Steve managed to negotiate a nice little sideline for himself by bringing clients to Nick and arranging financing for their purchases. With Steve plugged in this way, Steve and I were able to glean sufficient information from Nick to establish that Steve’s client, whatever he was doing, was not raking in the cash he said he was by exporting used Chevrolets to Florida! Another business opportunity that fell by the wayside.
But Steve did see an opportunity to acquire for himself the BMW he had always wanted. Steve was a big guy, so the 7-series was his thing. He saw that the 740iL and 750iL, particularly the ones with high mileage, could sometimes be picked up for a song. The value of a 7-series at auction was very mileage dependent, and from his experience at the BMW dealer he knew two things – how to check a BMW’s service history and how the company’s warranty system worked. From his experience in financial services he also knew a third thing – how private car lease financing worked. Prowling the auctions with Nick he looked for high mileage 7-Series Bimmers with spotty service records. He instructed Nick to buy at a particularly low price if the opportunity came up. It did, and Steve became proud owner of a two-year old BMW 740iL. Steve then had Nick wind its clock back from 120,000km to 60,000km, which meant it still had 20,000km before its warranty expired. He arranged lease financing with a fixed buy-back based on a book price which three years down the road would be more than he paid up front for the car. He took the car to a BMW dealership and had them inspect the hell out of it and perform a whole bunch of warranty work including, incredibly enough, a re-spray. Steve apparently had no qualms about any of this.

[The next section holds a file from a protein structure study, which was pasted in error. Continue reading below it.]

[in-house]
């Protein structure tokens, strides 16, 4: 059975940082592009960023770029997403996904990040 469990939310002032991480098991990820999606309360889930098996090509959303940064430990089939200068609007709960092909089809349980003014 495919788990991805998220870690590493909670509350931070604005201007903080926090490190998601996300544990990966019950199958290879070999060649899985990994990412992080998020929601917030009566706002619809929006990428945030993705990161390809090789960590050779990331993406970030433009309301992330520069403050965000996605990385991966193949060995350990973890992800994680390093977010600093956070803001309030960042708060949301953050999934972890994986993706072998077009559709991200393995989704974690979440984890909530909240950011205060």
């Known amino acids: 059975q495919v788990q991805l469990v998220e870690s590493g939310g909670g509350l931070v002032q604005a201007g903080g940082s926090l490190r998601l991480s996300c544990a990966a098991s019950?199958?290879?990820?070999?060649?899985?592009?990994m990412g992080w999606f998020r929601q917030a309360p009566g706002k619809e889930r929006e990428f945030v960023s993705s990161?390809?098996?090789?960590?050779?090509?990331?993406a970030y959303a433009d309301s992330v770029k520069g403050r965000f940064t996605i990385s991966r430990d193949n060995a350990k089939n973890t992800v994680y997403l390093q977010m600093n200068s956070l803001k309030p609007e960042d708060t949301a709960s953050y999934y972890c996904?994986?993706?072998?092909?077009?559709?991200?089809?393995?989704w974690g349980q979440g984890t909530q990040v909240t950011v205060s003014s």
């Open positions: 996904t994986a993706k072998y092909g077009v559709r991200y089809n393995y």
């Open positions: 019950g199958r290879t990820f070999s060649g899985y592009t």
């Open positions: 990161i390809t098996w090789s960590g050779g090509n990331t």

Thus, in May of 2000, Steve became the proud owner of a near-new BMW 740iL in tip-top condition, and was paying less in lease payments than he was previously paying for the Nissan Maxima that he sold to make room for it. Steve, for one who negotiated so effectively with his cards close to his chest, was surprisingly a man who often wore his heart on his sleeve. We were going for a long drive in the 740iL one day, when he told me what he thought about the whole affair. He had wanted a BMW for so long, he said, that he never thought he would be able to afford one. Now that he had one, and had owned it for several months, he told me that he realized something important. The long-felt desire to own such a fabulous vehicle, and the thrill of the chase to come up with a scheme that actually put one in his garage, were in the end deeper passions than the actual fact of owning the thing. He was quite disappointed that the thrill of the chase and the thrill of the kill were somehow not being satisfied by the subsequent feast. Yes, the BMW as a vehicle was everything he thought it would be. The sound system, I can tell you, was fantastic. But in the end it was just another vehicle that needed to be filled with gas, washed, and driven from place to place. And the jaws of your friends and neighbors would only ever drop once. Not a person to let the grass grow under his feet, he told me he was going to sell it. In fact he had lined up a buyer. More than that, he had put his house on the market and was going to move to Florida. Just like that.